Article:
In The Biology of Clinical Encounters, Gedo utilizes recent findings in neuroscience and cognitive psychology to elaborate his conception of psychobiology and to consider its implications in clinical analysis. He pursues this challenging undertaking in several directions. He illuminates the way in which psychobiology enters into his hierarchical model of mental functioning, and goes on to examine three clinical syndromes - phobias, obsessions, and affective disturbances - in which biological considerations are particularly important. Of special note are chapters examining the implications of a biological approach for clinical psychoanalysis. Gedo explores the notion of transference that grows out of attentiveness to psychobiological factors, elaborates the concept of therapeutics that follows from looking beyond mental contents, and discusses the problem of assessing clinical evidence produced by analyses informed by a psychobiological orientation. Drawing on his own analytic work of over three decades, he compares analyses conducted with a psychobiological orientation with the outcome of analyses conducted earlier in his career with a more traditional psychological approach.
A stimulating introduction to the interpenetration of the biological and the psychological in clinical work, The Biology of Clinical Encounters is quintessential Gedo: scholarly in conception, elegant in tone, provocative in import, and illuminating, always, of fundamental issues about the status of psychoanalysis as a science of mind.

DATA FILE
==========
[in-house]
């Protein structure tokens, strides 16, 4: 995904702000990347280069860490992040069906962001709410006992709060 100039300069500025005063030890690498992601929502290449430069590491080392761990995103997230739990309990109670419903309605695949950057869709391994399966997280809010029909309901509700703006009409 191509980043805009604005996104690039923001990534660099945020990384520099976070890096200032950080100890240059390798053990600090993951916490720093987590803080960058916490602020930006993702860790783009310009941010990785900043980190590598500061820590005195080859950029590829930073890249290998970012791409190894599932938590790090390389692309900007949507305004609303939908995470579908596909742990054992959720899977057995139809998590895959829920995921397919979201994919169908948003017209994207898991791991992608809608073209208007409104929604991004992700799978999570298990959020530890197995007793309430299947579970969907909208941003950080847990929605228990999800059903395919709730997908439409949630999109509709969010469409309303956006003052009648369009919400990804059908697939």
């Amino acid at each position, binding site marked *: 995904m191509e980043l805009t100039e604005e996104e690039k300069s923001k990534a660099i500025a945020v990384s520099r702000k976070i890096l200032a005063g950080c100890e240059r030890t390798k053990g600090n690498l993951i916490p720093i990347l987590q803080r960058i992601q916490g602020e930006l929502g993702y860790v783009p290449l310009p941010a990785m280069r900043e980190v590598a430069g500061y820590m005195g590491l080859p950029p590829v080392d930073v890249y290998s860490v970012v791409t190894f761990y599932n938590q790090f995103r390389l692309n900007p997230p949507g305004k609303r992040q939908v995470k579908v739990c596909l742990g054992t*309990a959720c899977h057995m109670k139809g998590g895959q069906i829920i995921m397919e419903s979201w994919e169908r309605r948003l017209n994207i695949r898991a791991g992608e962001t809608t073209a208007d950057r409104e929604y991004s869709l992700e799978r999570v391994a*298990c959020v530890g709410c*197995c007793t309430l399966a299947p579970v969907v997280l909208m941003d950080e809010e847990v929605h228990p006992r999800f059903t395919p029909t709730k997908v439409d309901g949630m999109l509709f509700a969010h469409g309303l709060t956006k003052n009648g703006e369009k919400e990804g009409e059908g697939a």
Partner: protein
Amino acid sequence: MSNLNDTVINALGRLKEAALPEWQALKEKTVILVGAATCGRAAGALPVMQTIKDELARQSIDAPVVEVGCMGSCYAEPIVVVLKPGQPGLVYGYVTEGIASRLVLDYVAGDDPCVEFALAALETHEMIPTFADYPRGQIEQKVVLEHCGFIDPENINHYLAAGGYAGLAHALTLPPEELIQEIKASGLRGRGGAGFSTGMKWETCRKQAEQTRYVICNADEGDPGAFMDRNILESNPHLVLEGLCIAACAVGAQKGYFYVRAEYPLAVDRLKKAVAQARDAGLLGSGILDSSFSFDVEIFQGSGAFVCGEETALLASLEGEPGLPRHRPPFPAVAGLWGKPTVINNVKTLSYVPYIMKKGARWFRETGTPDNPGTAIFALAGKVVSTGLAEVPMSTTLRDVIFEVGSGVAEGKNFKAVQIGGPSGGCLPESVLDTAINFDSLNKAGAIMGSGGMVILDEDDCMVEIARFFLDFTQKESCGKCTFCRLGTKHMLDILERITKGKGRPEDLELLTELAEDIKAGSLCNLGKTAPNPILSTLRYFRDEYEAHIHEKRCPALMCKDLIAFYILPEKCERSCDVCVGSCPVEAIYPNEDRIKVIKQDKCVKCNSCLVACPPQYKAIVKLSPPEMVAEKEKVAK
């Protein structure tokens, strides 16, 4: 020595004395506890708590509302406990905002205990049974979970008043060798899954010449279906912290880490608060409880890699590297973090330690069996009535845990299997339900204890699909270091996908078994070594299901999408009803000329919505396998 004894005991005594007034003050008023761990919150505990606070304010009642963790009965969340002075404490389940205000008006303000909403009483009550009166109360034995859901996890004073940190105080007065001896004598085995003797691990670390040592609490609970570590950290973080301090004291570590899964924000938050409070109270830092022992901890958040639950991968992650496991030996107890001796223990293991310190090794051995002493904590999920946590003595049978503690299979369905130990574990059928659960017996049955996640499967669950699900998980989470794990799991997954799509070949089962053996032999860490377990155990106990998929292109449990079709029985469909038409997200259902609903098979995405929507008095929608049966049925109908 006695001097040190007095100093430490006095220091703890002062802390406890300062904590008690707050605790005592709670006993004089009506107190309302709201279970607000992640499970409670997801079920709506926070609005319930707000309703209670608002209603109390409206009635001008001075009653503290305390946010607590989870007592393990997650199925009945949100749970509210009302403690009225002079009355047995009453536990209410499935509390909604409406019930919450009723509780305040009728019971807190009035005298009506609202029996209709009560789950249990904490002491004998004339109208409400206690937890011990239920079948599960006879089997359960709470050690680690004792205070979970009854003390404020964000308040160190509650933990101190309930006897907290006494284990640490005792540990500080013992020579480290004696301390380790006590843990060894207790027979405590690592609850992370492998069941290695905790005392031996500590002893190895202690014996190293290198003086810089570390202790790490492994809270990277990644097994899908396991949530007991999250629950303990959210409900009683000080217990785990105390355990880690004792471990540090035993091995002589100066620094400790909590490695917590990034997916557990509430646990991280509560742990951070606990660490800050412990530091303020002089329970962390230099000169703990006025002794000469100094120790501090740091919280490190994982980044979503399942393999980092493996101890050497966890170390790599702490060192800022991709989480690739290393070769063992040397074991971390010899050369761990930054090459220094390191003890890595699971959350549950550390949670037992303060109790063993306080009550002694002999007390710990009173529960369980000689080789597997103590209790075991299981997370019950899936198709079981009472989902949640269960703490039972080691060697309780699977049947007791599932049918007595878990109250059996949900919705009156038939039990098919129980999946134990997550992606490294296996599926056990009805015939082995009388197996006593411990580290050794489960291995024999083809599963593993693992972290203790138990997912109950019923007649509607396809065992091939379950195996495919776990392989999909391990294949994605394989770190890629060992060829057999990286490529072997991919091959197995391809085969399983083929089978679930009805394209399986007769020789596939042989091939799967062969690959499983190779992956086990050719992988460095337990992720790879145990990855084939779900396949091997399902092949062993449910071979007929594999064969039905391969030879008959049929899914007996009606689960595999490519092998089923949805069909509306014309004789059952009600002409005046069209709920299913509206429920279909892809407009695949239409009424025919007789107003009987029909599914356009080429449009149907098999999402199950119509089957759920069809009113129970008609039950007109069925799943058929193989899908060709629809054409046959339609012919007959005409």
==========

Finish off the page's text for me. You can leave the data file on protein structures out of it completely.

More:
Table of Contents
I. Toward the Biology of Mind 1. The Biology of Mind: An Introduction 2. Personality in Wonderland: The Nature/Nurture Controversy Revisited II. Biology and Clinical Syndromes 3. The Hierarchical Model of Mental Functioning 4. Challenge, Apraxia, and Avoidance 5. Obsessionality, Magical Beliefs, and the Hierarchical View of Mental Life 6. Affective Disorders and the Capacity to Modulate Feeling States III. From Biology to Clinical Psychoanalysis 7. An Epistemology of Transference 8. The Psychodynamic Paradigm and Its Alternatives 9. Clinical Evidence as the Basis of Analytic Theory and Modifications of Analytic Technique 10. The Therapeutic Results of Psychoanalysis: Outcome and Technique IV: Psychoanalysis and Contemporaneity 11. Self Psychology: A Post-Kohutian View 12. Psychoanalysis Transplanted to America 13. Ilion Besieged: A Tenth Year Report
John E. Gedo, M.D., retired in 1990 as Training and Supervising Analyst, Chicago Institute for Psychoanalysis. His books include Conceptual Issues in Psychoanalysis (1986); The Mind in Disorder (1988); and Portraits of the Artist (1989), all published by Analytic Press
"The Gedo spirit is open, questioning, probing, flexible, and eminently willing to adapt the analytic process to the needs of the patient. His reflections embrace clinical examples that are consistently illuminating and to the point."
- W. W. Meissner, M.D.